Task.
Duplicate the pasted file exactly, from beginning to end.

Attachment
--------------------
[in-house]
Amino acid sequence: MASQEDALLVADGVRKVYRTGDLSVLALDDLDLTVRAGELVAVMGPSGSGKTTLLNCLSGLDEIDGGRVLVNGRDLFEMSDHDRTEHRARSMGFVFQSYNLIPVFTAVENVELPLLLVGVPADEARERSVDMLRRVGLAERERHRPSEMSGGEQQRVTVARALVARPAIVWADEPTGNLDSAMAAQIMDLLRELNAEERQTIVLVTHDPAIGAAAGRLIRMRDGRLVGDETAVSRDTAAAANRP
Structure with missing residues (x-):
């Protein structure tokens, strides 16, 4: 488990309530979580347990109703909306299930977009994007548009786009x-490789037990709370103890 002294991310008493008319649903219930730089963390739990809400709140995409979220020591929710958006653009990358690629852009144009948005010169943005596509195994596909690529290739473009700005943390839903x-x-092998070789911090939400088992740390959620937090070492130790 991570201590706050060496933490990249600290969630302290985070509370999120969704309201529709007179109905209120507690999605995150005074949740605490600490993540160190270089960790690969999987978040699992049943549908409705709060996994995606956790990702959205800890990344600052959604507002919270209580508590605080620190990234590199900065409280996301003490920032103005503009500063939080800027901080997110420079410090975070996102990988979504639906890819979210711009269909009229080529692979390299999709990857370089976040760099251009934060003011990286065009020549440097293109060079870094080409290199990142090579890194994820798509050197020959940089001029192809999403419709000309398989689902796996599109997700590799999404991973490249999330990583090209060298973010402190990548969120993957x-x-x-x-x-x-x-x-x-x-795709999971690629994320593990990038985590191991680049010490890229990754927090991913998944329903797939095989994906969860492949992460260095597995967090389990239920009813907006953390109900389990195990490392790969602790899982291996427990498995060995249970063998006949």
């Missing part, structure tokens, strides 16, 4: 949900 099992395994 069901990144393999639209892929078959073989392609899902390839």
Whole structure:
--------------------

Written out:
[in-house]
Amino acid sequence: MASQEDALLVADGVRKVYRTGDLSVLALDDLDLTVRAGELVAVMGPSGSGKTTLLNCLSGLDEIDGGRVLVNGRDLFEMSDHDRTEHRARSMGFVFQSYNLIPVFTAVENVELPLLLVGVPADEARERSVDMLRRVGLAERERHRPSEMSGGEQQRVTVARALVARPAIVWADEPTGNLDSAMAAQIMDLLRELNAEERQTIVLVTHDPAIGAAAGRLIRMRDGRLVGDETAVSRDTAAAANRP
Structure with missing residues (x-):
């Protein structure tokens, strides 16, 4: 488990309530979580347990109703909306299930977009994007548009786009x-490789037990709370103890 002294991310008493008319649903219930730089963390739990809400709140995409979220020591929710958006653009990358690629852009144009948005010169943005596509195994596909690529290739473009700005943390839903x-x-092998070789911090939400088992740390959620937090070492130790 991570201590706050060496933490990249600290969630302290985070509370999120969704309201529709007179109905209120507690999605995150005074949740605490600490993540160190270089960790690969999987978040699992049943549908409705709060996994995606956790990702959205800890990344600052959604507002919270209580508590605080620190990234590199900065409280996301003490920032103005503009500063939080800027901080997110420079410090975070996102990988979504639906890819979210711009269909009229080529692979390299999709990857370089976040760099251009934060003011990286065009020549440097293109060079870094080409290199990142090579890194994820798509050197020959940089001029192809999403419709000309398989689902796996599109997700590799999404991973490249999330990583090209060298973010402190990548969120993957x-x-x-x-x-x-x-x-x-x-795709999971690629994320593990990038985590191991680049010490890229990754927090991913998944329903797939095989994906969860492949992460260095597995967090389990239920009813907006953390109900389990195990490392790969602790899982291996427990498995060995249970063998006949």
């Missing part, structure tokens, strides 16, 4: 949900 099992395994 069901990144393999639209892929078959073989392609899902390839």
Whole structure: